refurbish quarry tiles


S

spicko

i would like to clean and re-furbish red and black quarry tiles. can
someone let me know how i go about this. thanks
 
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N

Nick Brooks

spicko said:
i would like to clean and re-furbish red and black quarry tiles. can
someone let me know how i go about this. thanks
You haven't given us very much information. I'm assuming you've got old
porous tiles.

You need to find out what sort of treatment they've had so far.
Traditional method is linseed oil and wax, modern finishes seal the
floor completely.

I'd start by cleaning as well as possible using a steam cleaner or
pressure washer (is the floor inside or out?) or try "Tiled Floor
Restorer" see below

To protect them, either go the traditional route, linseed oil and wax,
you'll need a polisher, or use a product from somewhere like www.lithofin.de

HTH

Nick Brooks
 
B

BigWallop

spicko said:
i would like to clean and re-furbish red and black quarry tiles. can
someone let me know how i go about this. thanks
Weak solution of domestos and hot water (one cupful domestos to a gallon of water),
then get a scrubbing brush and grease your elbows.


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T

The Natural Philosopher

spicko said:
i would like to clean and re-furbish red and black quarry tiles. can
someone let me know how i go about this. thanks
Dunk em in brick acid.

scrub wash.

Dunkl in strong organic solvent

Scrub wash.
 
T

The Natural Philosopher

Christian said:
If you can't find brick acid (I could only find crappy water based
replacements that were about as effective as fairy liquid), Lithofin Cement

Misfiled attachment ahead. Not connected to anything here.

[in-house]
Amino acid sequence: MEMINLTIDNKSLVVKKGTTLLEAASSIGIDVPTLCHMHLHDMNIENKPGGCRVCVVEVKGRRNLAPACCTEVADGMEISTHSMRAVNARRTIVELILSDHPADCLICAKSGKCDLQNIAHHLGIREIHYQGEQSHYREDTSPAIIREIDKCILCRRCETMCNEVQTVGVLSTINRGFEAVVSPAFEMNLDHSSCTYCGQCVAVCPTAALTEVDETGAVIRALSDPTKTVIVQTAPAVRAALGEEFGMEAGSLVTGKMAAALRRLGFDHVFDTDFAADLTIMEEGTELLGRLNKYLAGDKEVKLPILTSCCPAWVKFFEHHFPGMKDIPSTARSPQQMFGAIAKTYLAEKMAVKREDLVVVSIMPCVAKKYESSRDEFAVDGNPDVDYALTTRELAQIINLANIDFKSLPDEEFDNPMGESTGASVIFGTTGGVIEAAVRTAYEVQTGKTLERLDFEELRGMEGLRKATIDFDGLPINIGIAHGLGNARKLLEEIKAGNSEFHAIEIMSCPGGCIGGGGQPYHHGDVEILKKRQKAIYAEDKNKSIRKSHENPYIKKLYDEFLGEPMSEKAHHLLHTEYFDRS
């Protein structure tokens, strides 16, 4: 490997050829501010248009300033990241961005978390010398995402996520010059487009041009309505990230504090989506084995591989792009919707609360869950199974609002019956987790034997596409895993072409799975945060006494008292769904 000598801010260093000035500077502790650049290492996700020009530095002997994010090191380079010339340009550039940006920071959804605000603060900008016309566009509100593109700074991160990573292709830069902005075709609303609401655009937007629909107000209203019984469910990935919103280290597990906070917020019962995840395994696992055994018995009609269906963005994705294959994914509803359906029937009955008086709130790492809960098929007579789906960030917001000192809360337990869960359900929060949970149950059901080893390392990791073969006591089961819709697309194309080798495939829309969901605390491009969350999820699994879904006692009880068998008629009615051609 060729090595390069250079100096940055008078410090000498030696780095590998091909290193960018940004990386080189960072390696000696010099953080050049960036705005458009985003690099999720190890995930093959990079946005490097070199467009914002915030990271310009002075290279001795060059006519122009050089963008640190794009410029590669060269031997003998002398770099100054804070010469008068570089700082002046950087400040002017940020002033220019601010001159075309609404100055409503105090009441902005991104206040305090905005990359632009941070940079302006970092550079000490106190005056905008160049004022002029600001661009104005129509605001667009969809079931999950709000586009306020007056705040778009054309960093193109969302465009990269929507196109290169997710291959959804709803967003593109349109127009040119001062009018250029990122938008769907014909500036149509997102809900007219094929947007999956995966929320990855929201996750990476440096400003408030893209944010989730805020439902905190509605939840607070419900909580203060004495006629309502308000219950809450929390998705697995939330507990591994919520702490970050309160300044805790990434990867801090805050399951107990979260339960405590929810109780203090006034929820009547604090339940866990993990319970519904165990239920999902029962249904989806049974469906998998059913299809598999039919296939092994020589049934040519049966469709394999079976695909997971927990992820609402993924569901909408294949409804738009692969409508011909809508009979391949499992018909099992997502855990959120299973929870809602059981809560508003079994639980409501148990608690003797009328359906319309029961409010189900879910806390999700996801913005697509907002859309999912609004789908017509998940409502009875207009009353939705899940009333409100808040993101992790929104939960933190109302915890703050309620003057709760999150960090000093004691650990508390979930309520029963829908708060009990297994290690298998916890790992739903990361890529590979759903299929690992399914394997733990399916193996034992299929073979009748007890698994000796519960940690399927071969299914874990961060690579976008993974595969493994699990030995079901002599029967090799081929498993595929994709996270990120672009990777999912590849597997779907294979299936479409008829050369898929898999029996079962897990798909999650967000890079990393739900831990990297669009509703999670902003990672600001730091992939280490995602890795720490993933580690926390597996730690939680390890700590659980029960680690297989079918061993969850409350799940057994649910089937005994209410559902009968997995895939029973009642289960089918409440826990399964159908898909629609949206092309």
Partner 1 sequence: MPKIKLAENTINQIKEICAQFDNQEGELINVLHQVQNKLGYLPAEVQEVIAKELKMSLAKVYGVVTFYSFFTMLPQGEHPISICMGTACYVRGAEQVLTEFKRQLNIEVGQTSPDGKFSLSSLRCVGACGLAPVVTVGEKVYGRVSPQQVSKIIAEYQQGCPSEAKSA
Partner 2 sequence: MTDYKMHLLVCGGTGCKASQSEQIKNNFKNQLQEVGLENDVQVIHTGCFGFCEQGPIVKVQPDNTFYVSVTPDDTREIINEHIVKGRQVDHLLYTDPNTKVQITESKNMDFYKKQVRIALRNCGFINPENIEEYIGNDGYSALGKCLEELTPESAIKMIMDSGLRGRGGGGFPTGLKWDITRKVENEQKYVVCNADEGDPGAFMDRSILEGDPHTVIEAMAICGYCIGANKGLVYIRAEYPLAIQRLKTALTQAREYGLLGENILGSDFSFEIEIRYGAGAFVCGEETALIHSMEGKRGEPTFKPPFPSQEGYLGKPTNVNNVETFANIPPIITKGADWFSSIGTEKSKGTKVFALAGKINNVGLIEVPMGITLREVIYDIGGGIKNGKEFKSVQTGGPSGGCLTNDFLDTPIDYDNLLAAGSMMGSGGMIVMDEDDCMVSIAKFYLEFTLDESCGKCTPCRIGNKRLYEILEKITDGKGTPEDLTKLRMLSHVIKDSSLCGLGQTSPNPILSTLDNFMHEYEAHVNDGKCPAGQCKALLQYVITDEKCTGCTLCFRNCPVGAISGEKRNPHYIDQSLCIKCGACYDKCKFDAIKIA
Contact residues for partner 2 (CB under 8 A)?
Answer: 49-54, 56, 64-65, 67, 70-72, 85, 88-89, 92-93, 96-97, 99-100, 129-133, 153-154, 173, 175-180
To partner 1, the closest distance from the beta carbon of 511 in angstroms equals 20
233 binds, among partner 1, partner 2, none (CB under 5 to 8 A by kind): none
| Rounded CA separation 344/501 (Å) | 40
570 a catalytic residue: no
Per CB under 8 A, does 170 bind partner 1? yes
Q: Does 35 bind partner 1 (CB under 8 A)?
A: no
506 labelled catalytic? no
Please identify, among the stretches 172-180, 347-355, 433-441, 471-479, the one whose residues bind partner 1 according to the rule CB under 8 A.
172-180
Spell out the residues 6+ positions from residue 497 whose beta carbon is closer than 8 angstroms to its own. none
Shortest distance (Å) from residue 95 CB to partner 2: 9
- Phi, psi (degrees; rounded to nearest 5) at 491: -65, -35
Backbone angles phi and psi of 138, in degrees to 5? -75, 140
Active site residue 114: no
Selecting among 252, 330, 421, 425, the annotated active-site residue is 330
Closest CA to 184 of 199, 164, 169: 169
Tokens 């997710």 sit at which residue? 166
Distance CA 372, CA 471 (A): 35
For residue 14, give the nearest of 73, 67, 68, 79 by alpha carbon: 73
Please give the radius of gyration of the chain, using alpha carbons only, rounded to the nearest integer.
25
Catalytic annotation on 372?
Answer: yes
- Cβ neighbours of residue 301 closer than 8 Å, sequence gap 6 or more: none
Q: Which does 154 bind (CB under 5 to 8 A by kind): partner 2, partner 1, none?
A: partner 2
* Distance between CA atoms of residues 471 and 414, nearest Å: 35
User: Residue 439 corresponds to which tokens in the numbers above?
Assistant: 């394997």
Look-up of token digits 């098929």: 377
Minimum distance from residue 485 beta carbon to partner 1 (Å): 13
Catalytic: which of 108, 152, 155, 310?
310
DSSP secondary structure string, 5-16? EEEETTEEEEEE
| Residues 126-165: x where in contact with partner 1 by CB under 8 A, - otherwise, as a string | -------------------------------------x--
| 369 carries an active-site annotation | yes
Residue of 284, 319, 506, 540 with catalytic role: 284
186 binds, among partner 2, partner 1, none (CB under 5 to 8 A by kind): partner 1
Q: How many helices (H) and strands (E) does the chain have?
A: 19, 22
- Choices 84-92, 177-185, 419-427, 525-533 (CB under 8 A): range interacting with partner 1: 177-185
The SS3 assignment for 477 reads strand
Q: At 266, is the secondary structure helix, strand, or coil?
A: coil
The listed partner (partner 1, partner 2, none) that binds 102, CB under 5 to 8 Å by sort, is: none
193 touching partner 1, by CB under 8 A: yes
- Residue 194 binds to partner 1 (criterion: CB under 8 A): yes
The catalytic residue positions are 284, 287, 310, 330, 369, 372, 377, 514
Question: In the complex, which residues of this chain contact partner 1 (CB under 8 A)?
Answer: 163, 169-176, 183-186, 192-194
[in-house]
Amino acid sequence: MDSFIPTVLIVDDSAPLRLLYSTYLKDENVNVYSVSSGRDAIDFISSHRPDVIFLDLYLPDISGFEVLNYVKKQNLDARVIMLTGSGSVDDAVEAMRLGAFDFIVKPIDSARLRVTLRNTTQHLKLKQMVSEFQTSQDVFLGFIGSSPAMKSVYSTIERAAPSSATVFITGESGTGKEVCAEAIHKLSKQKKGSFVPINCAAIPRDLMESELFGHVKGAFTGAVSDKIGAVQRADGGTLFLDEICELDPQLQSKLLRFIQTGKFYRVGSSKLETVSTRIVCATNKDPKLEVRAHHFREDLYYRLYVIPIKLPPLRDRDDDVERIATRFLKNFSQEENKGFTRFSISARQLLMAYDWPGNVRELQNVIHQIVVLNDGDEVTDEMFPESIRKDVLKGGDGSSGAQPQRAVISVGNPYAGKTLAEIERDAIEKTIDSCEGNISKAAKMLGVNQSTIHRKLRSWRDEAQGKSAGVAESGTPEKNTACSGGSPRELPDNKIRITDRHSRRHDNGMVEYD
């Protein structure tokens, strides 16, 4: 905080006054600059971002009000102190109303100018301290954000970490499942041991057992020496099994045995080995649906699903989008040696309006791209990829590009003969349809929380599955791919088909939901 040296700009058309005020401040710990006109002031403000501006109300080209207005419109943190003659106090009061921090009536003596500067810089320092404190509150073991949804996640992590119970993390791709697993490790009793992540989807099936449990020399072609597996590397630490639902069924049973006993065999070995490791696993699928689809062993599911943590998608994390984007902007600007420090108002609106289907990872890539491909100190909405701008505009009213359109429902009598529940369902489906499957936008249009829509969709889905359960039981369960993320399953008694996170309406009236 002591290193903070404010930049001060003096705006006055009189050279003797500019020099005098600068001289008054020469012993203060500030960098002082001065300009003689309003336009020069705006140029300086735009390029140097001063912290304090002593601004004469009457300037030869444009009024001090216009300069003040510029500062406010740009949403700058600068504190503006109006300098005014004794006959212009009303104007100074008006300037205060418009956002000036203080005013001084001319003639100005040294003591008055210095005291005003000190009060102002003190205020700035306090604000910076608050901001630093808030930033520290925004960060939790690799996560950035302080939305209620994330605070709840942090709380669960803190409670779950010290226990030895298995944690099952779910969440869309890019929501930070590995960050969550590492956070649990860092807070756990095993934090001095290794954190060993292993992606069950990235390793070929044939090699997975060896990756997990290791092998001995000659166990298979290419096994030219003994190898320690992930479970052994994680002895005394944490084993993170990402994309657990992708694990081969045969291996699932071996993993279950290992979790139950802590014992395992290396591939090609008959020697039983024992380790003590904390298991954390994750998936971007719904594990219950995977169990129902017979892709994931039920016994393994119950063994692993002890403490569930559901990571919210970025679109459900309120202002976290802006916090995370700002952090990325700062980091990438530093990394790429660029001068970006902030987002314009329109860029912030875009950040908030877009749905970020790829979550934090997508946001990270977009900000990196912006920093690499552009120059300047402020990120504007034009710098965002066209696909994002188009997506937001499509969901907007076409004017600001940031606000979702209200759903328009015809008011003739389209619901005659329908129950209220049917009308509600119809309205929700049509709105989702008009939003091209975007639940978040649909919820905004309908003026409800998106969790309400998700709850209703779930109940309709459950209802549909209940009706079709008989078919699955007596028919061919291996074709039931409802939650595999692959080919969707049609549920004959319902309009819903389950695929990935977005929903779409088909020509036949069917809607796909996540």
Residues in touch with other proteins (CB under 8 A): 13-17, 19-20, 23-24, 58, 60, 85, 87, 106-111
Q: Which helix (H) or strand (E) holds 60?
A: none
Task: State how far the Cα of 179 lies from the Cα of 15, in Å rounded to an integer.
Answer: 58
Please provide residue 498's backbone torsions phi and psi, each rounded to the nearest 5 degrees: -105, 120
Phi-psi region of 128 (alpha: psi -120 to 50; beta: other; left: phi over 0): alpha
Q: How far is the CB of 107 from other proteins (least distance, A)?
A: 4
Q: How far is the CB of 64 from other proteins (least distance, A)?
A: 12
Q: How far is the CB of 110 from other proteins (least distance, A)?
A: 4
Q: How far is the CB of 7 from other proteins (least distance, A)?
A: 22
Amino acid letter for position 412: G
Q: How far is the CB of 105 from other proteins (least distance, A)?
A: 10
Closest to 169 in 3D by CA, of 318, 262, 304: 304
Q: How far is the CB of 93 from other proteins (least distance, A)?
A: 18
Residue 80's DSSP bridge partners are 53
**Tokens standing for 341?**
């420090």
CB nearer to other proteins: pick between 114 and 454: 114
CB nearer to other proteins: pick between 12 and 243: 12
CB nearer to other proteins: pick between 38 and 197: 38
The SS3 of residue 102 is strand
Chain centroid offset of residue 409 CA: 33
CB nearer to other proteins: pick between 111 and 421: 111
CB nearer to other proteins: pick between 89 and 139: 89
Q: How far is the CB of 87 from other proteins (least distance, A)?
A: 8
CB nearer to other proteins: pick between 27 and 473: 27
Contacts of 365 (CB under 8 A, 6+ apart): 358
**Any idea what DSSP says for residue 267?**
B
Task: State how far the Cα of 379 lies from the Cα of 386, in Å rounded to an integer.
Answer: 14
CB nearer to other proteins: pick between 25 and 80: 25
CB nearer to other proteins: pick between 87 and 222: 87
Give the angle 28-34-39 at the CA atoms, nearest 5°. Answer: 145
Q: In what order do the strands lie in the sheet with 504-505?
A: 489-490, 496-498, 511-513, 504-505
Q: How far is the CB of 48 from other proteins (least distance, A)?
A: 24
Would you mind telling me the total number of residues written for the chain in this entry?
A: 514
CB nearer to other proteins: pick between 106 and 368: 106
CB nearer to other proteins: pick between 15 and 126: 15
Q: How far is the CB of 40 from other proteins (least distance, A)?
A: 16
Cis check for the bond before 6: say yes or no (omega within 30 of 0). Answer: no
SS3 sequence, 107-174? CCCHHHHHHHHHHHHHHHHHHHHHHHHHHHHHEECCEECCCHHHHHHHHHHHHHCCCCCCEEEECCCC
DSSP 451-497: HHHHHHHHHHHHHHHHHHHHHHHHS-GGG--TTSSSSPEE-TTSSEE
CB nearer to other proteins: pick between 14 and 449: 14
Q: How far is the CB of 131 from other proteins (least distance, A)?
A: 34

Away is an extremely effective equivalent. Did wonders for my toilet bowl.
Lithofin KF Cement Residue Remover is similar, but probably a little milder
for use indoors.



In Lithofin-speak, this is probably something like Lithofin WEXA.

Christian.

P.S. I'm not really the Lithofin marketing manager, honest!
its fine if you want to pay double for a fancy tin and a brand name.

However teh basic prinipals of cleaning anything are to establish what
the item is made of, and what teh irt is made off, and then find a
sovent or mechnical method to remove the latter wihout removing the former.


Wuarry siltes are silicates, and pretty inert to most liquids. They are
purous tjopugh, and will absorb greaees and oils, and will stick o cemest.

So...conc acid for any cement residue.
conc organic solvent for paints and tars - or even paint stripper.
cpnc casutoc sioda for ingrained grease and waxes.

And mechanicaical scrubbing with rubber gloves on to get teh loose stiff
out the cracks.

Here's a test for you.

Given a piece of expanded polystrene foam covered inplaster how would you

(a) remove the foam leaving just the plaster?

(b) remove the plaster just leaving the foam?

:)
 
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S

stuart noble

The Natural Philosopher wrote in message said:
cpnc casutoc sioda for ingrained grease and waxes.
Alkali only affects organic material, which would exclude a lot of waxes.
The only grease I can think of that might respond to citsuac ados would be
lanolin
 
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